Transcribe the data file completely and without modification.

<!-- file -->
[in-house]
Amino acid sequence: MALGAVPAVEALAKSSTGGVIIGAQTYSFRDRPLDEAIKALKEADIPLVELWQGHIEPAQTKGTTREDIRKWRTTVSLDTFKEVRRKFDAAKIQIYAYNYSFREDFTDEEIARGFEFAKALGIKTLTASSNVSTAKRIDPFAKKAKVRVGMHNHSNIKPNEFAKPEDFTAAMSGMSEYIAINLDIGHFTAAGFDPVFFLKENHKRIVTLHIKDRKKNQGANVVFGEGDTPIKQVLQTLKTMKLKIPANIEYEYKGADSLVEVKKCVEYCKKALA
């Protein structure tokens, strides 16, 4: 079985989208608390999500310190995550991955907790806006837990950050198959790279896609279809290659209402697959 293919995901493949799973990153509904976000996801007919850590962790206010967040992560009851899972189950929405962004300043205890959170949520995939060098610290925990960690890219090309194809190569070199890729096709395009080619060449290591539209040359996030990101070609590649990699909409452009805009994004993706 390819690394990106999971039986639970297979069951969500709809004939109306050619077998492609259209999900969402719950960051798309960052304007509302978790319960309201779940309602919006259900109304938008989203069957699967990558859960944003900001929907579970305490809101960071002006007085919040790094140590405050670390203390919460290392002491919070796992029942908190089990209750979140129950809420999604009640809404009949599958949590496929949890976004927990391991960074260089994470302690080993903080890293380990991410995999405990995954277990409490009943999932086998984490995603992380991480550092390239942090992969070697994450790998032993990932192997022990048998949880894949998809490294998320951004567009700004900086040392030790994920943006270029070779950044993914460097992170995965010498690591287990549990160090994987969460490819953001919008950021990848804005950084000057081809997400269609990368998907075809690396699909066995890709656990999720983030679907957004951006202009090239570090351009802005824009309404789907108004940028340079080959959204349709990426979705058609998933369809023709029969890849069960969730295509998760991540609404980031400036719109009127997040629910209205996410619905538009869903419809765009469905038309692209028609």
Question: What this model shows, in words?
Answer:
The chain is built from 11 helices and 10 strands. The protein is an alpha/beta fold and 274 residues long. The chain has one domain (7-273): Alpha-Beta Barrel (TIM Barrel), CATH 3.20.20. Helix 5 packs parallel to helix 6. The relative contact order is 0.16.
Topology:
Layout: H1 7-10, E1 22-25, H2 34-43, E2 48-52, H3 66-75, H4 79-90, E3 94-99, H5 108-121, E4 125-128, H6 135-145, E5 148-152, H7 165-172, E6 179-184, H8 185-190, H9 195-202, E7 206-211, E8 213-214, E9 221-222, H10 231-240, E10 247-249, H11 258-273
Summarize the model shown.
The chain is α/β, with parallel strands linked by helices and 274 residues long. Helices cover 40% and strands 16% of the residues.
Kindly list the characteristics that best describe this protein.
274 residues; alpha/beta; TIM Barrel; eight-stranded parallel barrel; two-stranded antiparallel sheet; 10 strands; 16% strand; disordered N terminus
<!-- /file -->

[in-house]
Amino acid sequence: MALGAVPAVEALAKSSTGGVIIGAQTYSFRDRPLDEAIKALKEADIPLVELWQGHIEPAQTKGTTREDIRKWRTTVSLDTFKEVRRKFDAAKIQIYAYNYSFREDFTDEEIARGFEFAKALGIKTLTASSNVSTAKRIDPFAKKAKVRVGMHNHSNIKPNEFAKPEDFTAAMSGMSEYIAINLDIGHFTAAGFDPVFFLKENHKRIVTLHIKDRKKNQGANVVFGEGDTPIKQVLQTLKTMKLKIPANIEYEYKGADSLVEVKKCVEYCKKALA
């Protein structure tokens, strides 16, 4: 079985989208608390999500310190995550991955907790806006837990950050198959790279896609279809290659209402697959 293919995901493949799973990153509904976000996801007919850590962790206010967040992560009851899972189950929405962004300043205890959170949520995939060098610290925990960690890219090309194809190569070199890729096709395009080619060449290591539209040359996030990101070609590649990699909409452009805009994004993706 390819690394990106999971039986639970297979069951969500709809004939109306050619077998492609259209999900969402719950960051798309960052304007509302978790319960309201779940309602919006259900109304938008989203069957699967990558859960944003900001929907579970305490809101960071002006007085919040790094140590405050670390203390919460290392002491919070796992029942908190089990209750979140129950809420999604009640809404009949599958949590496929949890976004927990391991960074260089994470302690080993903080890293380990991410995999405990995954277990409490009943999932086998984490995603992380991480550092390239942090992969070697994450790998032993990932192997022990048998949880894949998809490294998320951004567009700004900086040392030790994920943006270029070779950044993914460097992170995965010498690591287990549990160090994987969460490819953001919008950021990848804005950084000057081809997400269609990368998907075809690396699909066995890709656990999720983030679907957004951006202009090239570090351009802005824009309404789907108004940028340079080959959204349709990426979705058609998933369809023709029969890849069960969730295509998760991540609404980031400036719109009127997040629910209205996410619905538009869903419809765009469905038309692209028609």
Question: What this model shows, in words?
Answer:
The chain is built from 11 helices and 10 strands. The protein is an alpha/beta fold and 274 residues long. The chain has one domain (7-273): Alpha-Beta Barrel (TIM Barrel), CATH 3.20.20. Helix 5 packs parallel to helix 6. The relative contact order is 0.16.
Topology:
Layout: H1 7-10, E1 22-25, H2 34-43, E2 48-52, H3 66-75, H4 79-90, E3 94-99, H5 108-121, E4 125-128, H6 135-145, E5 148-152, H7 165-172, E6 179-184, H8 185-190, H9 195-202, E7 206-211, E8 213-214, E9 221-222, H10 231-240, E10 247-249, H11 258-273
Summarize the model shown.
The chain is α/β, with parallel strands linked by helices and 274 residues long. Helices cover 40% and strands 16% of the residues.
Kindly list the characteristics that best describe this protein.
274 residues; alpha/beta; TIM Barrel; eight-stranded parallel barrel; two-stranded antiparallel sheet; 10 strands; 16% strand; disordered N terminus